Many companies approach product demonstrations with the initial assumption that their work processes are the industry standard. Therefore, they expect the software to align precisely with their existing methods.

However, during our years in this industry, we have learned the exact opposite. Jewelry companies have developed such unique processes throughout their history that even swapping two manufacturing configurations in PIRO Fusion would result in chaos.

What works for Company A may not work for Company B. Companies require specific configurations tailored to their needs.

For jewelry companies, the perfect software is one that seamlessly integrates with their processes, can be implemented within weeks, and allows for swift importation of current data.

However, in reality, process automation necessitates an extensive mapping of the processes, sometimes even requiring custom development. The requirements must be divided into "must-haves" and "nice-to-haves," and the implementation process can take months.

Those who seek perfection often postpone decision-making for years, setting innovation aside. They don't feel comfortable making a decision until they realize that there is no software on the market that fulfills all the checkpoints on their requirements list.

Whenever I contemplate this behavior, I am reminded of a humorous story from Oren Klaff's book, "Flip the Script":

Have you ever watched a small animal (like a squirrel) approaching something new that might be food? They move closer and closer up to a certain point and then scurry away. Then they approach again getting a little close before once again scarring away. This is the battle between curiosity and anxiety about the unknown.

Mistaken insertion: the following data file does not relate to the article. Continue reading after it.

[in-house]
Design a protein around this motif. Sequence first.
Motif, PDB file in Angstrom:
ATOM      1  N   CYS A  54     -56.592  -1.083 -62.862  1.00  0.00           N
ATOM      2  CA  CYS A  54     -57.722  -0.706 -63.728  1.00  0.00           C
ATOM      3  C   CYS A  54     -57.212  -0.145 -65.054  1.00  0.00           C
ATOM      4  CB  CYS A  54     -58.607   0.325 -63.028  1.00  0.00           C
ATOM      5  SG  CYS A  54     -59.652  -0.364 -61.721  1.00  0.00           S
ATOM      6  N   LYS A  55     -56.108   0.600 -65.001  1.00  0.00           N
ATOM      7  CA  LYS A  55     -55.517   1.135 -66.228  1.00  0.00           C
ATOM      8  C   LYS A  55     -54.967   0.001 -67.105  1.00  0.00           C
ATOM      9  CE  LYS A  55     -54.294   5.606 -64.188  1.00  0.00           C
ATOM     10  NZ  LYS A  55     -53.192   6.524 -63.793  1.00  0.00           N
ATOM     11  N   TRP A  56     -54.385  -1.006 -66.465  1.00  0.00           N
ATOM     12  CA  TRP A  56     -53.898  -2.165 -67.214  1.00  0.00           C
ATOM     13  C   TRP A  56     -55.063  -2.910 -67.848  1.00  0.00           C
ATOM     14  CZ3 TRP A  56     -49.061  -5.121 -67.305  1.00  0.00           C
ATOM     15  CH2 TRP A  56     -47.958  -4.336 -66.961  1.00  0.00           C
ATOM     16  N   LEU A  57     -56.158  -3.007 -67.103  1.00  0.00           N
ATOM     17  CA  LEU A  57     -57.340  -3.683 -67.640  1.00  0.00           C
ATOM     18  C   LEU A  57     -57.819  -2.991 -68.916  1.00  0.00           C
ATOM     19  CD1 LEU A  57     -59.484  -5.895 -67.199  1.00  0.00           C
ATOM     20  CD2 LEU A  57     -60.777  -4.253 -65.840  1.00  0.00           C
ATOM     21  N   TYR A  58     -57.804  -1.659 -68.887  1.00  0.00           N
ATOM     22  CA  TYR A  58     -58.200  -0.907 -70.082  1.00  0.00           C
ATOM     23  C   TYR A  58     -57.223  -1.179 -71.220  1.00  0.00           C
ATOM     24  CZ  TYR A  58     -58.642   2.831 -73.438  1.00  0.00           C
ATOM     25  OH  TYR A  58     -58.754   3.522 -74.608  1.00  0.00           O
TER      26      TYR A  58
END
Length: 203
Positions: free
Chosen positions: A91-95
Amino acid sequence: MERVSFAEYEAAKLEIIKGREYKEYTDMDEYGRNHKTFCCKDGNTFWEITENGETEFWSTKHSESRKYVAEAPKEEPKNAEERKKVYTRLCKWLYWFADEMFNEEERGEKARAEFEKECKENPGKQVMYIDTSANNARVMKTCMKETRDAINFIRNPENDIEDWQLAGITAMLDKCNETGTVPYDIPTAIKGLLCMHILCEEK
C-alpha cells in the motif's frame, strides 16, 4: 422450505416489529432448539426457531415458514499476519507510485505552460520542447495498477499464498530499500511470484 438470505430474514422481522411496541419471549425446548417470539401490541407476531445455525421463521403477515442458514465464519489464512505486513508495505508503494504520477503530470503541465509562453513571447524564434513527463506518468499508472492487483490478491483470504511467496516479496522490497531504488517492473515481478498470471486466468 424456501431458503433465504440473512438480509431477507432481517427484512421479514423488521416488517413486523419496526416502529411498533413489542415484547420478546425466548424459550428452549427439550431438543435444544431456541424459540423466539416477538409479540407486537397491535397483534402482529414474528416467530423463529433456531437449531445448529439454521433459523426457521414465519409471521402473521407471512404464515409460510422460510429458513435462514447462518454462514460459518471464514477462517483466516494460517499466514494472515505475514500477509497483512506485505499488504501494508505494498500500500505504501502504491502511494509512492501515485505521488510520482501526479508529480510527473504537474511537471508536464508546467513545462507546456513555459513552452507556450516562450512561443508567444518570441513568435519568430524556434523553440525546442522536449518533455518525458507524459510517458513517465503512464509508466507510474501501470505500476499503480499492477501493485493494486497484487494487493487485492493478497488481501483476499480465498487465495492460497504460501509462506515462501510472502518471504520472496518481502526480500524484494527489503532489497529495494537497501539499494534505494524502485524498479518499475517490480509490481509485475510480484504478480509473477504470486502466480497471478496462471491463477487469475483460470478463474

Final thoughts

The relationship between the jewelry industry and technological innovation can be described as tough love. However, it is important to recognize that, ultimately, innovation will prevail. We cannot accuse the industry of not embracing technology, as evidenced by major innovations such as CAD design and 3D printing that have shaped the industry. While there may be debates surrounding the future of online jewelry sales and lab-grown diamonds, in my personal opinion, innovation will once again come out on top.

This blog post emphasizes the fact that the jewelry industry lacks consultants who could guide them on the path of digital transformation, but this is just one of the factors contributing to the slow adoption of jewelry software. There is a need for more consultants and more examples showcasing how jewelry ERP systems have contributed to the growth of jewelry companies. These companies should have a clear understanding that their efforts will be rewarded and that there is no need to wait for years to make this transformative decision.

At PIRO, our mission is to provide more and more examples of successful digital transformations that can inspire others to elevate their own businesses.